is emerging from studies in which the modelled climate is compared with observed patterns of atmospheric temperature change. These studies show that the pattern correspondence increases with time, as one would expect for an increasing anthropogenic signal. Furthermore, the probability is very low that these correlations could occur by chance as a result of natural internal variability alone.

Our ability to quantify the human influence on global climate is currently limited because the expected sig. nal is still emerging from the noise of natural variability, and because there are uncertainties in key factors. These include the magnitude and patterns of long-term natural variability and the time-evolving pattern of forcing by, and response to, changes in the concentrations of greenhouse gases and aerosols, and land surface changes. Nevertheless, the balance of evidence suggests that there is discernible human influence on global climate.

degrees F) by 2100, and the highest gives a warming of about 3.5 degrees Celsius (7 degrees F). In all cases the average rate of warming would probably be greater than any seen in the

last 10,000 years, but the actual annual to decadal changes would include considerable natural variability.

Regional temperature changes could differ substantially from the global mean value. Because of the thermal inertia of the oceans, only 50-90% of the eventual equilibrium would

continue to increase be

yond 2100, even if the concentrations of greenhouse gases were stabilized by that time.

Average sea level is expected to rise as a result of thermal expansion of the oceans and melting of glaciers and icesheets. The “best estimate" models project an increase in sea level of about 50 cm (20 inches) from the present to 2100. The lowest projected sea level rise is about 15 cm (6 inches), and the highest is projected at about 95 cm (37 inches) from the present to 2100. Sea level would continue to rise at a similar rate beyond 2100, even if concentrations of greenhouse gases were stabilized by that time, and would continue to do so past the time of stabilization of global mean temperature. Regional sea level changes may differ from the global mean value owing to land movement and ocean current changes.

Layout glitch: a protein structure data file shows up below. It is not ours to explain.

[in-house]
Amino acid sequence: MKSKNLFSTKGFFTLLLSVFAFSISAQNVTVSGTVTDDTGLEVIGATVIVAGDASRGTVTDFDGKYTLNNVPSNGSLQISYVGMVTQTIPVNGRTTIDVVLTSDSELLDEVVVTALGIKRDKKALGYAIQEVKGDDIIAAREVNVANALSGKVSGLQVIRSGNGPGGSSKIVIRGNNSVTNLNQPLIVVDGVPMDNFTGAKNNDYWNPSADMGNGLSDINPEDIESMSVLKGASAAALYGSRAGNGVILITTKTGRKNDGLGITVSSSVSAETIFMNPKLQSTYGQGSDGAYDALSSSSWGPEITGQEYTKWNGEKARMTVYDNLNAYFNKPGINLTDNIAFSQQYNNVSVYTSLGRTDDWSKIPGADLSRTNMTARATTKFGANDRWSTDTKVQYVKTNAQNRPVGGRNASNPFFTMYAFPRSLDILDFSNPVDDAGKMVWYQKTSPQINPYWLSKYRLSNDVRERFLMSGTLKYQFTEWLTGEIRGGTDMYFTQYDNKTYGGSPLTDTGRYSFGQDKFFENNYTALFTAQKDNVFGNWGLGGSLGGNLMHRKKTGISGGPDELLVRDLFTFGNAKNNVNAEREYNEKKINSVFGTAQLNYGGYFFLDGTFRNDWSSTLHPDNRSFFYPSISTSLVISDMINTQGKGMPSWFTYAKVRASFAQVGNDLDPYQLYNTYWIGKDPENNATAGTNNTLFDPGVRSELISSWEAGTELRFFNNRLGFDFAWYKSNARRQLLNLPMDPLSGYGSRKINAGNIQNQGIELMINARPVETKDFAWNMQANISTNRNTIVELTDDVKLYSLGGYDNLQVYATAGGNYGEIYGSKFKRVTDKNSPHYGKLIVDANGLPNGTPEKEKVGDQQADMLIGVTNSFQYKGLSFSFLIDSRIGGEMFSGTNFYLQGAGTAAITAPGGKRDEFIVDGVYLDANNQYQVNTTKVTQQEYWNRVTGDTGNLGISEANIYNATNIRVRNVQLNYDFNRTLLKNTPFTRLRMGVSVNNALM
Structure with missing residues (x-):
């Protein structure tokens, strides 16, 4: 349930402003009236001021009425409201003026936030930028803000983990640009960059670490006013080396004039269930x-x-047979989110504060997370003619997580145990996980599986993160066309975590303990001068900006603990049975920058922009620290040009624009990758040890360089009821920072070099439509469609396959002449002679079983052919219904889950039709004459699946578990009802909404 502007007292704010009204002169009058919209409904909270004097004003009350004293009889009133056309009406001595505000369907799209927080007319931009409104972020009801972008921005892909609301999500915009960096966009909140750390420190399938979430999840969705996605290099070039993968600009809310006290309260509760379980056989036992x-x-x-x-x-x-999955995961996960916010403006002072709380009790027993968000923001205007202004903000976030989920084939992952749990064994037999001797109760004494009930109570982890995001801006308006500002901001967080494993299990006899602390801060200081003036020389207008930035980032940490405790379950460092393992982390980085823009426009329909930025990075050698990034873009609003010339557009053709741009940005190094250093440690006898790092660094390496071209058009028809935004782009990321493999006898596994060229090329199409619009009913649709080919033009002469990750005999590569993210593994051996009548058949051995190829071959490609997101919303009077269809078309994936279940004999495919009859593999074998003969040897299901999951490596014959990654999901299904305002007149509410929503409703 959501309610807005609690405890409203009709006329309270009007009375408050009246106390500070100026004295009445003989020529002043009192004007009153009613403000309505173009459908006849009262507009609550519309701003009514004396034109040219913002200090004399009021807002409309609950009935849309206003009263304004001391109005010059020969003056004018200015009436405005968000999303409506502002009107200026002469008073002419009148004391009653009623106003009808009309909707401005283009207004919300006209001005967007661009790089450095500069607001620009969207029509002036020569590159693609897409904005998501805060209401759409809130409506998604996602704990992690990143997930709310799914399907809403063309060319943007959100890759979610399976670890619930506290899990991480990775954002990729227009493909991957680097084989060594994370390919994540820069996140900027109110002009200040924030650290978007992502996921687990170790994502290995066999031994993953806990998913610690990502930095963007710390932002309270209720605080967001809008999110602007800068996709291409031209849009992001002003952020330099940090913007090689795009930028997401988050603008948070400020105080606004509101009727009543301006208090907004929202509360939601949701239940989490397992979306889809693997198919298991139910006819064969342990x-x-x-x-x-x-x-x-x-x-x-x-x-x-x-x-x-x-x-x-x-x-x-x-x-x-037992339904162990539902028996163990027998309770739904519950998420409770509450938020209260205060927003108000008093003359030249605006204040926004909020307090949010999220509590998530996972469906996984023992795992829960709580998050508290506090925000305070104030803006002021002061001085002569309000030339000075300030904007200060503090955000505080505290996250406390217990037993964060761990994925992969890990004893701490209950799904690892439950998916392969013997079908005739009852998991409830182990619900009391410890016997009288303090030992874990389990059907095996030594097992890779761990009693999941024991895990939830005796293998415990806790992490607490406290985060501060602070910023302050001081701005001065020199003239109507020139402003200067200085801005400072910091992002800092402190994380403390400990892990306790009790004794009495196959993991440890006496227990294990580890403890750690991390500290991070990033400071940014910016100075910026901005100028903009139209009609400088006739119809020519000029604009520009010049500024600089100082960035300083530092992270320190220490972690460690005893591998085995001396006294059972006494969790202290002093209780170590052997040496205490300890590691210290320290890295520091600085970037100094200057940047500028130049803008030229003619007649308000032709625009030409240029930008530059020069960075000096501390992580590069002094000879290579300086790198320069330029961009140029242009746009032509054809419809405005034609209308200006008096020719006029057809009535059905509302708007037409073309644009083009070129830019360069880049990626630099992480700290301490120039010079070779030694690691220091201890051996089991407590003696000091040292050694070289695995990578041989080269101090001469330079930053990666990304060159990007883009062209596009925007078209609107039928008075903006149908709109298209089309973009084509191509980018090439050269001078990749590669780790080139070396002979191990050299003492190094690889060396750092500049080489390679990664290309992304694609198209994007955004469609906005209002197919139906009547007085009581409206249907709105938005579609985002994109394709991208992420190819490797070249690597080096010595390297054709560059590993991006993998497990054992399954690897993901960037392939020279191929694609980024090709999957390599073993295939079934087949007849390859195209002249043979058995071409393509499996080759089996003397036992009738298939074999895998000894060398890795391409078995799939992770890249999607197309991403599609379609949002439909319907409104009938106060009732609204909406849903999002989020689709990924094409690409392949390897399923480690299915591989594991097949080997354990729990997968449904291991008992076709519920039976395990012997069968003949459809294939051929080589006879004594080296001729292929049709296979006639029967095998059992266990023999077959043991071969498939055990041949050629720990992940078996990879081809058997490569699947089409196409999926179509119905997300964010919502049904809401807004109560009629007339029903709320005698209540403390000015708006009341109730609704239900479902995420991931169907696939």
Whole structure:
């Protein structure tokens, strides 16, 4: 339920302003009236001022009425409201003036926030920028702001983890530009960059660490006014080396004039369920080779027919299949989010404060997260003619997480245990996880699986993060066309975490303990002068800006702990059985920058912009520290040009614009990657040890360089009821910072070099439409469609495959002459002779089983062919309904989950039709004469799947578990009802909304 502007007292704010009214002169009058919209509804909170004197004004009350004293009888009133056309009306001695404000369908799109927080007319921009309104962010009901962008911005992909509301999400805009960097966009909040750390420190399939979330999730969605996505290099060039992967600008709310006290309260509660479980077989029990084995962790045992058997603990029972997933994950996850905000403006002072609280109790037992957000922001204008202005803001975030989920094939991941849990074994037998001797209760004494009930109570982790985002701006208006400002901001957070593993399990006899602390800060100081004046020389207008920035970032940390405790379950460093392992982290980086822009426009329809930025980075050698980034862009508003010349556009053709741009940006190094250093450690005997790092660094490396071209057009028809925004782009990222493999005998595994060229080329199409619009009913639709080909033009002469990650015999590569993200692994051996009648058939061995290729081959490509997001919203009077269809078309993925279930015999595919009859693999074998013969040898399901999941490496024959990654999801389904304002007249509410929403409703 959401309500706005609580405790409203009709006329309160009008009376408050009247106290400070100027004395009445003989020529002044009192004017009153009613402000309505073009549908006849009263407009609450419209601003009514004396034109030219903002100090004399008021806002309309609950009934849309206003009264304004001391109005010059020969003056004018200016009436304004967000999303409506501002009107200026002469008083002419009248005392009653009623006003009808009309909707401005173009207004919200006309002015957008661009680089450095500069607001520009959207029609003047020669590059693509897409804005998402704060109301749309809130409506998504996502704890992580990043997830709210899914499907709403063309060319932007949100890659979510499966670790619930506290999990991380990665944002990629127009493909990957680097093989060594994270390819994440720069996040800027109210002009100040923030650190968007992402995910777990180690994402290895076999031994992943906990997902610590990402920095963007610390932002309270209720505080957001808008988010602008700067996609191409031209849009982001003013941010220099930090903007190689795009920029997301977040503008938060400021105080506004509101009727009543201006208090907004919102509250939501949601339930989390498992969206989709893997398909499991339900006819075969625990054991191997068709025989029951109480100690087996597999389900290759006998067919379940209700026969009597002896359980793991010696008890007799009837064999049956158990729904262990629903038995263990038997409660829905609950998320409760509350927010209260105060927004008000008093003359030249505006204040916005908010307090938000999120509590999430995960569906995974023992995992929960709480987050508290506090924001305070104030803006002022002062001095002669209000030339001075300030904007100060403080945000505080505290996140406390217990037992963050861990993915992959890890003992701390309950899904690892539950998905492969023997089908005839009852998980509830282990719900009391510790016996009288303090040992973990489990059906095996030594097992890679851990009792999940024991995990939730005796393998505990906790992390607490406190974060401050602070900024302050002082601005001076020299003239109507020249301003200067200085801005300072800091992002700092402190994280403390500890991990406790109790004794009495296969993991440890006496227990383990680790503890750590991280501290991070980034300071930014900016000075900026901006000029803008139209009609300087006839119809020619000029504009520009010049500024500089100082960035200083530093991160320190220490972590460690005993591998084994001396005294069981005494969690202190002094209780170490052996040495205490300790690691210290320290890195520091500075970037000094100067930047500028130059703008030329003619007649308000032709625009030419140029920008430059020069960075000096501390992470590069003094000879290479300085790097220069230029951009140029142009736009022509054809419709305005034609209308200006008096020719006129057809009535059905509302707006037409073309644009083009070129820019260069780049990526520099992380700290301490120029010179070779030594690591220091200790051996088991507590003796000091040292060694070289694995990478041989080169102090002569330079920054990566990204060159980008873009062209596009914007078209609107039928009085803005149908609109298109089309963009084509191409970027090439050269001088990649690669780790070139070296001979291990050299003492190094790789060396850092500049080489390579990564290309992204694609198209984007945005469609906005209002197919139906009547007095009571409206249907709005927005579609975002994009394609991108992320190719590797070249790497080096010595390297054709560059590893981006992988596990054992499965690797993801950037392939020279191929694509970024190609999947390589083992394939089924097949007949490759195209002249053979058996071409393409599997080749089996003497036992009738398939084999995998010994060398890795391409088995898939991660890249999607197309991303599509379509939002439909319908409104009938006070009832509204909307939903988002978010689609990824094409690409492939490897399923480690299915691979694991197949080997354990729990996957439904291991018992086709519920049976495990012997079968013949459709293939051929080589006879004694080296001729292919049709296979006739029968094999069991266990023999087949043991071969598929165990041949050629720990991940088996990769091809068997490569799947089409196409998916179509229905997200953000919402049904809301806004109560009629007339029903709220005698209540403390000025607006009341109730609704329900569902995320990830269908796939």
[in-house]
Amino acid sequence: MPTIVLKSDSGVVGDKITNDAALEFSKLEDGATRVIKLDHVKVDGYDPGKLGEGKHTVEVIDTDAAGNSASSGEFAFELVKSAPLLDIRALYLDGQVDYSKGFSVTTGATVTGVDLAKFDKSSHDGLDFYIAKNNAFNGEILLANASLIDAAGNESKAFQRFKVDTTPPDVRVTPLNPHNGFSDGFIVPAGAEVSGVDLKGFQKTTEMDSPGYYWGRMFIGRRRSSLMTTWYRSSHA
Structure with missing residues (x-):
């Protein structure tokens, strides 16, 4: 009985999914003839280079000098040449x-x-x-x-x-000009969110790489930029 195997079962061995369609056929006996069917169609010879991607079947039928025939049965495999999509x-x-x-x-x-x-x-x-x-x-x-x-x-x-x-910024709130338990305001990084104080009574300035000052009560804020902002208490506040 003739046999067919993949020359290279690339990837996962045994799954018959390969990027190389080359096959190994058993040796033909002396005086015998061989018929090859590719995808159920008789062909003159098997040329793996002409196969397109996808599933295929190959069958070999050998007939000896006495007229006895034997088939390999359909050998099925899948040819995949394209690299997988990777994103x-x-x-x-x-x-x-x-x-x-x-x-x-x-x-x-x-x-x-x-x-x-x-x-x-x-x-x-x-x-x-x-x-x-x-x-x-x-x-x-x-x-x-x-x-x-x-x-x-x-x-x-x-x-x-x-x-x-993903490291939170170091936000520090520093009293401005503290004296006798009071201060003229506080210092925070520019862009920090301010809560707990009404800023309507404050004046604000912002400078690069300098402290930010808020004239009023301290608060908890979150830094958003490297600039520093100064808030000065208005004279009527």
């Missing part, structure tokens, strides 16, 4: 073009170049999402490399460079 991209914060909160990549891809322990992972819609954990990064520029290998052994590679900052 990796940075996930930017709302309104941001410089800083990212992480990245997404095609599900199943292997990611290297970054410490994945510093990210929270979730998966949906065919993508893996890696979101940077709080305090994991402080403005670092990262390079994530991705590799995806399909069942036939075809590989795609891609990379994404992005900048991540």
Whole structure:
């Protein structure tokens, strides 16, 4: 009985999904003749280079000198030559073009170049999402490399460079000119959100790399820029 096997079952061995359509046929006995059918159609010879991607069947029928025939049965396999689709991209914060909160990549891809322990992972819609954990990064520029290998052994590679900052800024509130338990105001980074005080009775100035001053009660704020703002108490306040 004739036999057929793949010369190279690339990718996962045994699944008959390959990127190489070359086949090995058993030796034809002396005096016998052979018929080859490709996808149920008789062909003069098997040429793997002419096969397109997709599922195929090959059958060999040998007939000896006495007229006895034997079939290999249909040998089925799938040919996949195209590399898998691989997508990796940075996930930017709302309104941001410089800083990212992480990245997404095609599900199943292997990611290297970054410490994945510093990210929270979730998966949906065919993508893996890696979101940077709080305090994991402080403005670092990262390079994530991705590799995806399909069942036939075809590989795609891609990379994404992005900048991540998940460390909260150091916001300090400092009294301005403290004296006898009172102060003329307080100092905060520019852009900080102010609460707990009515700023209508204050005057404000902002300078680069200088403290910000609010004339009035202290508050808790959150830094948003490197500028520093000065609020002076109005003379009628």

Confidence is higher in the hemispheric-to-continental scale projections of coupled atmosphere-ocean climate models than in the regional projections, where confidence remains low. There is more confidence in temperature projections than hydrological changes.

All model simulations, whether they were forced with increased concentrations of greenhouse gases and aerosols or with increases concentrations of greenhouse gases alone, show: greater surface warming of the land than of the sea in winter; a maximum surface warming in high northern latitudes in winter; little surface warming over the

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Expected changes in global climate

The Intergovernmental Panel on Climate Change (IPCC) has developed a range of possible future greenhouse gas and aerosol concentrations based on several different assumptions for the period 1990 to 2100. These emissions can then be used to predict the climate. The increasing realism of simulations of current and past climate by coupled atmosphere-ocean climate models has increased our confidence in their use for projection of future climate change. Important uncertainties remain, but these have been taken into account in the full range of projections of global mean temperature and sea level change.

For the mid-range IPCC emission scenario, assuming the "best estimate" values of the variables, models project an increase in global mean surface air temperature relative to 1990 of about 2 degrees Celsius (4 degrees Fahrenheit) by 2100. The lowest IPCC projected increase is about 1 degree Celsius (2